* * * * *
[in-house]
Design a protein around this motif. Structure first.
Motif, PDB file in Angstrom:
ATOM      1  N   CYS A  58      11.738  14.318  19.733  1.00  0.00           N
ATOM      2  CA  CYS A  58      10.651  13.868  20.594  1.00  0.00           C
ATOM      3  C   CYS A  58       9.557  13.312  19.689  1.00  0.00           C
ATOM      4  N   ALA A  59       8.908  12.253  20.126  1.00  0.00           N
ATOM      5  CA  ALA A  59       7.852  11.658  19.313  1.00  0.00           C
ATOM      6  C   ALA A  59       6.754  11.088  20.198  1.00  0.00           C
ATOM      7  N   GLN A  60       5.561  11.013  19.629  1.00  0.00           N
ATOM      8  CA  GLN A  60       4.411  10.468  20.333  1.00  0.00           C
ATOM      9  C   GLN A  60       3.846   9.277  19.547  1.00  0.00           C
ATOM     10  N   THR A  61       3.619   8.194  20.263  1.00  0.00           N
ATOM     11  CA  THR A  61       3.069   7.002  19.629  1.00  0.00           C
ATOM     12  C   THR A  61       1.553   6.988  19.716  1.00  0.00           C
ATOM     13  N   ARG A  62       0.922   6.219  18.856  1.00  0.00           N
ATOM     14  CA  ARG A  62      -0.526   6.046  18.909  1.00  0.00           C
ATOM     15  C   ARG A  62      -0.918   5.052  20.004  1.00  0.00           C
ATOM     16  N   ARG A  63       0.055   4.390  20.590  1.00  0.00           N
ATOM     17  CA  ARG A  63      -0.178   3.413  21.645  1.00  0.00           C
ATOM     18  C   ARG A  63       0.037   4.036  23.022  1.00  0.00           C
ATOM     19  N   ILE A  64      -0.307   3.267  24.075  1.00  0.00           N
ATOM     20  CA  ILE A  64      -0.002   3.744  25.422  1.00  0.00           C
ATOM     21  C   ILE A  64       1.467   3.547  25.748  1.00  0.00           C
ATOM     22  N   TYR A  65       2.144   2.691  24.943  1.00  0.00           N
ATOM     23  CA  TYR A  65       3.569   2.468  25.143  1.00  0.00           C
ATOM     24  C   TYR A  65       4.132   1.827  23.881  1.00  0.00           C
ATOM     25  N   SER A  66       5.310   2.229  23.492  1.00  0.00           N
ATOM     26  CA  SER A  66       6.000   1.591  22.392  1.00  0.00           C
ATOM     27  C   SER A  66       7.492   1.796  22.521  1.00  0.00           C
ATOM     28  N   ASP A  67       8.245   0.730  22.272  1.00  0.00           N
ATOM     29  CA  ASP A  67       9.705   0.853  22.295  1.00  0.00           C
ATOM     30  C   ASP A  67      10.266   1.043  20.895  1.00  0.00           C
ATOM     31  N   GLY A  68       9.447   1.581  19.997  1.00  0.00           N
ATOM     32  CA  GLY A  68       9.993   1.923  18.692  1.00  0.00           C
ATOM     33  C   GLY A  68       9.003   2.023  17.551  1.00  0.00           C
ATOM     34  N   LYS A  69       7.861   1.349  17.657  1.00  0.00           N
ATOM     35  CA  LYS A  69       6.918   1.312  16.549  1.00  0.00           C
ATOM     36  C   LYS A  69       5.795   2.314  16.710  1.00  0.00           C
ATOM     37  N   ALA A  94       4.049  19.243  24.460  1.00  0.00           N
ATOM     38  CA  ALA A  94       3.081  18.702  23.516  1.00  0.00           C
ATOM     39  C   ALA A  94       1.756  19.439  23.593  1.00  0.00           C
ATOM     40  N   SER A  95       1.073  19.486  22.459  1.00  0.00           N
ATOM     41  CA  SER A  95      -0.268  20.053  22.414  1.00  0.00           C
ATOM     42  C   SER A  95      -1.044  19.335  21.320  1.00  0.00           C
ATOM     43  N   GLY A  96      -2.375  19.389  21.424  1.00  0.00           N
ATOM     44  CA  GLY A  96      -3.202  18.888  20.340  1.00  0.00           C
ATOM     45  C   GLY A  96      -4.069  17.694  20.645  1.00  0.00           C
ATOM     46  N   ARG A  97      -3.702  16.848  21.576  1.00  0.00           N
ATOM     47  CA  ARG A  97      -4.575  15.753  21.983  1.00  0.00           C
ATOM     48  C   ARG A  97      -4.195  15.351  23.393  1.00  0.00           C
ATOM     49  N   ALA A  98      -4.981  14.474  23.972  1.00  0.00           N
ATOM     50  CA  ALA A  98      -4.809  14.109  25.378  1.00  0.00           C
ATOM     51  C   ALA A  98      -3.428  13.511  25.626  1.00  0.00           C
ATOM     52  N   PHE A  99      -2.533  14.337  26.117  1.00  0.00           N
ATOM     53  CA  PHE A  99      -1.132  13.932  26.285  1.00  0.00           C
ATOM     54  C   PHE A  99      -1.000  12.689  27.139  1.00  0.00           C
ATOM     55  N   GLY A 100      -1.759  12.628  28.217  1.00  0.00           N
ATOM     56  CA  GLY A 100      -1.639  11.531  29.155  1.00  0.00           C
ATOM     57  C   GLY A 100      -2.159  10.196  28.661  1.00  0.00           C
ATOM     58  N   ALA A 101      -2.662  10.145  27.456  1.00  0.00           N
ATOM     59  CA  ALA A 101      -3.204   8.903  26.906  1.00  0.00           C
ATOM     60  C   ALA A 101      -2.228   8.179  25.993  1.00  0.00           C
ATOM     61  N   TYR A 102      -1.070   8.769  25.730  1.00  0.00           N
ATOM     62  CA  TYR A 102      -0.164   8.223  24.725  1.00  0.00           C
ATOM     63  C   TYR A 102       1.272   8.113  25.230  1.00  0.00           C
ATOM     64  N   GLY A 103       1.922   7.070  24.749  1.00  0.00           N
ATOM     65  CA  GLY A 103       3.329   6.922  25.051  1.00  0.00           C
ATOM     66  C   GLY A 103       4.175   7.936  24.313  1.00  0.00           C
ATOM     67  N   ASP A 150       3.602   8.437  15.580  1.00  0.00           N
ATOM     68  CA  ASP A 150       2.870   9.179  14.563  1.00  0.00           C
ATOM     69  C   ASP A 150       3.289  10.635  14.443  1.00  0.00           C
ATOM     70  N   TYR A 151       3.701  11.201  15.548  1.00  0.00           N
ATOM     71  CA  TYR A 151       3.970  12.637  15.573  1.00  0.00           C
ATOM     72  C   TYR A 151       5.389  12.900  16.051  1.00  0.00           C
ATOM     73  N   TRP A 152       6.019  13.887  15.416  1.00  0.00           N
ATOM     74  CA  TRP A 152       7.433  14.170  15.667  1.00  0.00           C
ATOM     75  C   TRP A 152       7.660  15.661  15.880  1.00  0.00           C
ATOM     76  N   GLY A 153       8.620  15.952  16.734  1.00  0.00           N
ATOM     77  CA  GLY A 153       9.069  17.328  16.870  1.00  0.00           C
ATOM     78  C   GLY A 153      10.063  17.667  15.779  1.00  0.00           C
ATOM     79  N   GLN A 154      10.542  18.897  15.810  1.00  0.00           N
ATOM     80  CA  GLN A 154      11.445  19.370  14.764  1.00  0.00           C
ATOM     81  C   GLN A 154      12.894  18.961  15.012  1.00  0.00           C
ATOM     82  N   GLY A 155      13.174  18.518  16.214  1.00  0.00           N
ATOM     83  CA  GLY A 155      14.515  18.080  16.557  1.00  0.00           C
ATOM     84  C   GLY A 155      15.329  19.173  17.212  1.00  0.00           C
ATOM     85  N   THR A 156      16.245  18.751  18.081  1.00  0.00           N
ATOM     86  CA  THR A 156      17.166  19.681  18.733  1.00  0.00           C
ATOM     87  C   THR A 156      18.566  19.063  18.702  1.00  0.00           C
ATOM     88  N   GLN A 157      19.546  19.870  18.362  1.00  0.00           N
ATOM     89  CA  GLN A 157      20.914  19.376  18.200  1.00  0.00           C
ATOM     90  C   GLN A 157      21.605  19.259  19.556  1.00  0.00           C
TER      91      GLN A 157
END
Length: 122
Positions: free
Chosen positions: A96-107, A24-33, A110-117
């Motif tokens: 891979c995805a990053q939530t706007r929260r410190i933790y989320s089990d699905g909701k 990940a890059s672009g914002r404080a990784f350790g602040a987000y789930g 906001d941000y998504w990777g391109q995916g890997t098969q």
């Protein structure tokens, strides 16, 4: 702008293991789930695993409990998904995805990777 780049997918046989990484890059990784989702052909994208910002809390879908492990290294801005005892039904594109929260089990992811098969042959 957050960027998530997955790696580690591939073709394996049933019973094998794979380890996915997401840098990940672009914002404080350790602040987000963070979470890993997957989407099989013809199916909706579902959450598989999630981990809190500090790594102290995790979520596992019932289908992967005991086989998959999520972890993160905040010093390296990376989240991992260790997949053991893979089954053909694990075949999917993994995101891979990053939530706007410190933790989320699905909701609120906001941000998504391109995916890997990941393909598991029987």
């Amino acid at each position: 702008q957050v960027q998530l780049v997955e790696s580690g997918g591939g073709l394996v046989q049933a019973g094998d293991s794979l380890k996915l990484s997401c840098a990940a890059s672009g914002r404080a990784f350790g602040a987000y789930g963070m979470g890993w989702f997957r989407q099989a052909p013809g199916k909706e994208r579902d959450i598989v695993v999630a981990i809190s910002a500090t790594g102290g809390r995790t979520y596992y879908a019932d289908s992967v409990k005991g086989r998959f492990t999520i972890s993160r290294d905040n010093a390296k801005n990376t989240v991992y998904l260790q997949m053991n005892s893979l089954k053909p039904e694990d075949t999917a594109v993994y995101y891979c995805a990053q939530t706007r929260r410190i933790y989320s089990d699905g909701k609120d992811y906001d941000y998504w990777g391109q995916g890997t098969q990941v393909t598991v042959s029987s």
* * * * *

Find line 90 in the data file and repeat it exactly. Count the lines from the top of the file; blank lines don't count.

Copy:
ATOM     87  C   THR A 156      18.566  19.063  18.702  1.00  0.00           C